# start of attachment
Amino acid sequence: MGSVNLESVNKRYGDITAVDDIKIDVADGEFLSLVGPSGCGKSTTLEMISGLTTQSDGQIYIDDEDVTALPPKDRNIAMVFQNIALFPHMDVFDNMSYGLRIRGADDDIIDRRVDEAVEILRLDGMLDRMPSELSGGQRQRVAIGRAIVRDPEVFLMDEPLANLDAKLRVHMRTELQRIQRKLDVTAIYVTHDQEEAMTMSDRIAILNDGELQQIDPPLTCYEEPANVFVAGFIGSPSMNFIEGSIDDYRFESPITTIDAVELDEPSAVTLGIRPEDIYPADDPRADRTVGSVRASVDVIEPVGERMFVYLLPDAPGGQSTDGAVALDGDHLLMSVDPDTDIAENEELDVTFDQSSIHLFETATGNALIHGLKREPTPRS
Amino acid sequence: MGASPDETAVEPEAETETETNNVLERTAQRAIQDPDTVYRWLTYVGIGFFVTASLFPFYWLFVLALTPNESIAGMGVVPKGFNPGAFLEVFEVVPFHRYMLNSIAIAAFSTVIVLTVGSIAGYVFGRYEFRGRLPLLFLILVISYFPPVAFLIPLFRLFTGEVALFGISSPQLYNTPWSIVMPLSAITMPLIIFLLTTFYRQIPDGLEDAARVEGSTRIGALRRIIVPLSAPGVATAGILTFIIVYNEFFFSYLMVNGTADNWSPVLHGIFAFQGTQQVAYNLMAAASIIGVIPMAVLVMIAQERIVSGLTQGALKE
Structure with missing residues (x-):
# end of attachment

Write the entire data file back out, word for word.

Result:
Amino acid sequence: MGSVNLESVNKRYGDITAVDDIKIDVADGEFLSLVGPSGCGKSTTLEMISGLTTQSDGQIYIDDEDVTALPPKDRNIAMVFQNIALFPHMDVFDNMSYGLRIRGADDDIIDRRVDEAVEILRLDGMLDRMPSELSGGQRQRVAIGRAIVRDPEVFLMDEPLANLDAKLRVHMRTELQRIQRKLDVTAIYVTHDQEEAMTMSDRIAILNDGELQQIDPPLTCYEEPANVFVAGFIGSPSMNFIEGSIDDYRFESPITTIDAVELDEPSAVTLGIRPEDIYPADDPRADRTVGSVRASVDVIEPVGERMFVYLLPDAPGGQSTDGAVALDGDHLLMSVDPDTDIAENEELDVTFDQSSIHLFETATGNALIHGLKREPTPRS
Amino acid sequence: MGASPDETAVEPEAETETETNNVLERTAQRAIQDPDTVYRWLTYVGIGFFVTASLFPFYWLFVLALTPNESIAGMGVVPKGFNPGAFLEVFEVVPFHRYMLNSIAIAAFSTVIVLTVGSIAGYVFGRYEFRGRLPLLFLILVISYFPPVAFLIPLFRLFTGEVALFGISSPQLYNTPWSIVMPLSAITMPLIIFLLTTFYRQIPDGLEDAARVEGSTRIGALRRIIVPLSAPGVATAGILTFIIVYNEFFFSYLMVNGTADNWSPVLHGIFAFQGTQQVAYNLMAAASIIGVIPMAVLVMIAQERIVSGLTQGALKE
Structure with missing residues (x-):